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|Title: ||School Choice, Competition, and Public School Performance|
|Authors: ||Chan, Ping Ching Winnie|
|Advisor: ||McMillan, Robert|
|Keywords: ||School choice|
|Issue Date: ||23-Sep-2009|
|Abstract: ||Reforms that expand school choice have been the focus of considerable policy interest, not least as a possible means of improving public school performance. According to the standard argument, increased choice will intensify competition, forcing public schools to improve quality in order to retain enrolment. Yet in principle, increased choice need not always raise performance, pointing to the need for careful empirical analysis.
A key challenge in measuring the effects of greater choice on school performance is that convincing variation in choice is often hard to come by, especially in cross-sectional studies. And while school choice policy experiments have the advantage that choice increases in a clear way, few large-scale school choice policies have been implemented in North America.
An important exception is the 2002 Ontario tuition tax credit, which eased access to private schools throughout Canada's most populous province. Analyzing the effects of the tax credit reform provides the focus of this thesis.
The thesis begins by presenting the literature and gaps in existing research. The next chapter presents a model to clarify the link between increases in competition and school performance, and to motivate the empirical identification strategy. To set the stage for the main empirical analysis, I also provide some relevant institutional background relating to the Ontario education policy environment and the Ontario tuition tax credit as well as a descriptive analysis on the Ontario private school market. I then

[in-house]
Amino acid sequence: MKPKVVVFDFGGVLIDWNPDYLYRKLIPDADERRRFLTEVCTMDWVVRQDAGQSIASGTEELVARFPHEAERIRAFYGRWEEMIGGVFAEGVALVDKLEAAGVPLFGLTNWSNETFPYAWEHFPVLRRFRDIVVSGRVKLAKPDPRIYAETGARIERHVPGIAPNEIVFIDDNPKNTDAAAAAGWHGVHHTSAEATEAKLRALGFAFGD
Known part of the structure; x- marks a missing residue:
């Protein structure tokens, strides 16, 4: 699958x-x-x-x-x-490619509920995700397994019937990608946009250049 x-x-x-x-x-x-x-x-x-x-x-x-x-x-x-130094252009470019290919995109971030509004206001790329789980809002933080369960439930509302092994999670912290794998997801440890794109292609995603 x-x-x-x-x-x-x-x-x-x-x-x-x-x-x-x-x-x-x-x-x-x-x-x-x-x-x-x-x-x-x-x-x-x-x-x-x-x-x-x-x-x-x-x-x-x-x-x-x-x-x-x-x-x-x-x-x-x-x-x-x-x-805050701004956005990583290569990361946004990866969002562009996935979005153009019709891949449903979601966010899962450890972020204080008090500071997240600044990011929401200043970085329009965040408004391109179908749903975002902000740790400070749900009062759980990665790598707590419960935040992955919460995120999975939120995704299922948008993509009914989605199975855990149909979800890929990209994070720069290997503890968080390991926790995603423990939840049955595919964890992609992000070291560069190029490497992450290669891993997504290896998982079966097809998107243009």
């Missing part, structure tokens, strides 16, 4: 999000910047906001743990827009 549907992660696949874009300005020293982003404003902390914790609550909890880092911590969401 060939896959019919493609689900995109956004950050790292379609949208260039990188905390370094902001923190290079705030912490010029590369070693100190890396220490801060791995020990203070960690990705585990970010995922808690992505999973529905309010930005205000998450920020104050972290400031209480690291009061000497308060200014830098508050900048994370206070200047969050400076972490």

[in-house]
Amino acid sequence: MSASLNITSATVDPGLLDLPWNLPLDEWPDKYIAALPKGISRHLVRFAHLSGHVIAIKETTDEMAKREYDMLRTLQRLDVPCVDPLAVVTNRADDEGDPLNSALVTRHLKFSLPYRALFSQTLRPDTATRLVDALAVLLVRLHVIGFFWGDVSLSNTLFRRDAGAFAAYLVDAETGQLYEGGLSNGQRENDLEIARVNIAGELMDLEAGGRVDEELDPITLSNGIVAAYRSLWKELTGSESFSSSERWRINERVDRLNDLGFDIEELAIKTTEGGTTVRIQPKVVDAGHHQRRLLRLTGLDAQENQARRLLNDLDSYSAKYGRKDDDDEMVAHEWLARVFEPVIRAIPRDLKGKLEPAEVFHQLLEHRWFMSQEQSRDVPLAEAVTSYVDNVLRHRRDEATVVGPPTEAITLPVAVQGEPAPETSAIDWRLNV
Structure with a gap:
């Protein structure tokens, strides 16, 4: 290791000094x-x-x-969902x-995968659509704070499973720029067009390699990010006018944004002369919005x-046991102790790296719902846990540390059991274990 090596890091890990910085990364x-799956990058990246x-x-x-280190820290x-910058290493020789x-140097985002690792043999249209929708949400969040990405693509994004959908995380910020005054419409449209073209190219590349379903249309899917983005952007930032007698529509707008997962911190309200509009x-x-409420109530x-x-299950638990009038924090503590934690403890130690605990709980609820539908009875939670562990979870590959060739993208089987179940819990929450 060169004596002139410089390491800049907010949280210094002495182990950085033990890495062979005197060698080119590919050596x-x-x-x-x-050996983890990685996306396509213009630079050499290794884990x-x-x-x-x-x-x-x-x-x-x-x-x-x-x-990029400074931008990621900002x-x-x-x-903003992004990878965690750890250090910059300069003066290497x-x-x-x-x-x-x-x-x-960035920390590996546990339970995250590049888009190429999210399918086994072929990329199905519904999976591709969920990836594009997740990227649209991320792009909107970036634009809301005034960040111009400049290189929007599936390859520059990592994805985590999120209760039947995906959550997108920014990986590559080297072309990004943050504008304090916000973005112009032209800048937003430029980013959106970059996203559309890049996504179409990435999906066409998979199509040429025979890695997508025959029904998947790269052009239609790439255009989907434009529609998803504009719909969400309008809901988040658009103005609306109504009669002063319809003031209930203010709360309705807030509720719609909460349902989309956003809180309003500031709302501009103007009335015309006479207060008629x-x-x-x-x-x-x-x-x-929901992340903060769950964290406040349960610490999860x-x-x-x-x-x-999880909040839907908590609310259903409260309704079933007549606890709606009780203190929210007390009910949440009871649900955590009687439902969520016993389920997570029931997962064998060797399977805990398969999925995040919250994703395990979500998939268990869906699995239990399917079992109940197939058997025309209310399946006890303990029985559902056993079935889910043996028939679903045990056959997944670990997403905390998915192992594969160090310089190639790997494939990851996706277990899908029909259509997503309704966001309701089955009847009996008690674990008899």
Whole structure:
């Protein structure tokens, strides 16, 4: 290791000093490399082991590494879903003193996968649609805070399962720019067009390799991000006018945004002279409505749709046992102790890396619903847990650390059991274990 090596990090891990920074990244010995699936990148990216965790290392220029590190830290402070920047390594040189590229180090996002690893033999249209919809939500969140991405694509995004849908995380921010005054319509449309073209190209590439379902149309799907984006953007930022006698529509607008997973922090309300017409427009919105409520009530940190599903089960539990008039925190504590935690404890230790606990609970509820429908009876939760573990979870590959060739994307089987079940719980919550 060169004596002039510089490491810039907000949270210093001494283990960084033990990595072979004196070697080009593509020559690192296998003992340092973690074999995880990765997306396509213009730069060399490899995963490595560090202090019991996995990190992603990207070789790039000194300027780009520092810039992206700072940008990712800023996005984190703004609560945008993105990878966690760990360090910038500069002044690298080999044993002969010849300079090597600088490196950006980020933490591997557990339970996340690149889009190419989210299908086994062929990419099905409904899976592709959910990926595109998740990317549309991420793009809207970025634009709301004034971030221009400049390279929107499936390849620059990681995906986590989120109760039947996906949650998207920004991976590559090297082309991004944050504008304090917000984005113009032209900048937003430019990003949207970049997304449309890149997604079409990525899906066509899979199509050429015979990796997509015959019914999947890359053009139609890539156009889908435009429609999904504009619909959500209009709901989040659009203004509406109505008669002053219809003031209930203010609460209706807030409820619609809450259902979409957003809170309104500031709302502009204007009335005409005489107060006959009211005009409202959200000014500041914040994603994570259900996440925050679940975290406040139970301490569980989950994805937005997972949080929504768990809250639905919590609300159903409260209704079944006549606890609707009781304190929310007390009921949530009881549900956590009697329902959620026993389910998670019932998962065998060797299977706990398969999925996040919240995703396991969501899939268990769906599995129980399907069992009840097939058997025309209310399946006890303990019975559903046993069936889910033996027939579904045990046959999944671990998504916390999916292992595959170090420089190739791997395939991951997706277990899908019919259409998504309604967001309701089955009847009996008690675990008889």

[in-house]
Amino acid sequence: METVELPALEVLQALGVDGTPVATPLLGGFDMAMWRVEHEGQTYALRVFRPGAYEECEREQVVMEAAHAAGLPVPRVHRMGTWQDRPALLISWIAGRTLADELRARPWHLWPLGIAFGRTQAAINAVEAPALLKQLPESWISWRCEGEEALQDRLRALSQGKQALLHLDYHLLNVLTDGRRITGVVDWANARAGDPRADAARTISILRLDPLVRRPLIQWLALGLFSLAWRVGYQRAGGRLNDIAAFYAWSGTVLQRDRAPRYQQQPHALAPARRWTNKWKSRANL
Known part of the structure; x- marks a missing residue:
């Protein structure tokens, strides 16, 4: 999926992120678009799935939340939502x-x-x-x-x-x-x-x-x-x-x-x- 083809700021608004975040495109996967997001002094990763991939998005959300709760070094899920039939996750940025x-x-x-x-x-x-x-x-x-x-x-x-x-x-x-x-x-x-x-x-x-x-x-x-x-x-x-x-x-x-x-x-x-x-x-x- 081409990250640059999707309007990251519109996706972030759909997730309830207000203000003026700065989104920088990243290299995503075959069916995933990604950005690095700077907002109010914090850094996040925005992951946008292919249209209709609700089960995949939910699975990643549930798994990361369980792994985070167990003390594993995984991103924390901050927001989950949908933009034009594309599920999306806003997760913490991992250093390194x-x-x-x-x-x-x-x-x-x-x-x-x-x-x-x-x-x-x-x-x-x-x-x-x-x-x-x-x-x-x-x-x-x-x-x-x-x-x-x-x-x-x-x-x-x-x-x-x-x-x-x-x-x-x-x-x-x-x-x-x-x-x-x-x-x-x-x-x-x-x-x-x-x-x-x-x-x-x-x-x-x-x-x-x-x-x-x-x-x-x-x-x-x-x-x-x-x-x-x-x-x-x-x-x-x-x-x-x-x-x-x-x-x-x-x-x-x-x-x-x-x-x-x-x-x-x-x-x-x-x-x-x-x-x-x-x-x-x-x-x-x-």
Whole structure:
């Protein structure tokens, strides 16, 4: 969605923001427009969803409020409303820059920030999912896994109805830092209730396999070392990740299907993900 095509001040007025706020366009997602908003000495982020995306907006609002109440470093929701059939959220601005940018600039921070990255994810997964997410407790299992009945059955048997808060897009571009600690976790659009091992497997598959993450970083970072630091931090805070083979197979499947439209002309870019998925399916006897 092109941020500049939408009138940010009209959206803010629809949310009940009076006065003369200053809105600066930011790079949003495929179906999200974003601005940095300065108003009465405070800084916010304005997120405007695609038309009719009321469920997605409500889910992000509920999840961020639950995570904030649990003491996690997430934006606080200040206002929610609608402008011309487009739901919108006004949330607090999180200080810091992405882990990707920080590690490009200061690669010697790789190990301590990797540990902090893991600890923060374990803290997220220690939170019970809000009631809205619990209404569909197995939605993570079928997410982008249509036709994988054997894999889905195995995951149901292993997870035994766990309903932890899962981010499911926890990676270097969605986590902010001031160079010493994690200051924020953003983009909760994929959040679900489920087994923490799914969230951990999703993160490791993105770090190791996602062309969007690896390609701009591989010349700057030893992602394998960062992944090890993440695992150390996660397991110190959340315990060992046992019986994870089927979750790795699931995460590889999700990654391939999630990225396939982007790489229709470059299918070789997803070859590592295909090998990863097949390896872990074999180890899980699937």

present an initial examination of the possible performance effects of the Ontario tuition tax credit using a difference-in-differences setup, before turning to the main empirical analysis, which exploits
the differential competitive effects for public schools in districts with relative to those without a significant private school
The empirical results indicate that public school performance improved for schools facing the greatest competitive pressures
following the introduction of the policy, controlling for a host of other relevant factors. To assess whether the effect is due
primarily to increases in productivity, the analysis controls carefully for a series of alternative mechanisms. Overall, the
Ontario findings are consistent with increased choice giving rise to productivity improvements in public schools.|
|Appears in Collections:||Doctoral|
Department of Economics - Doctoral theses
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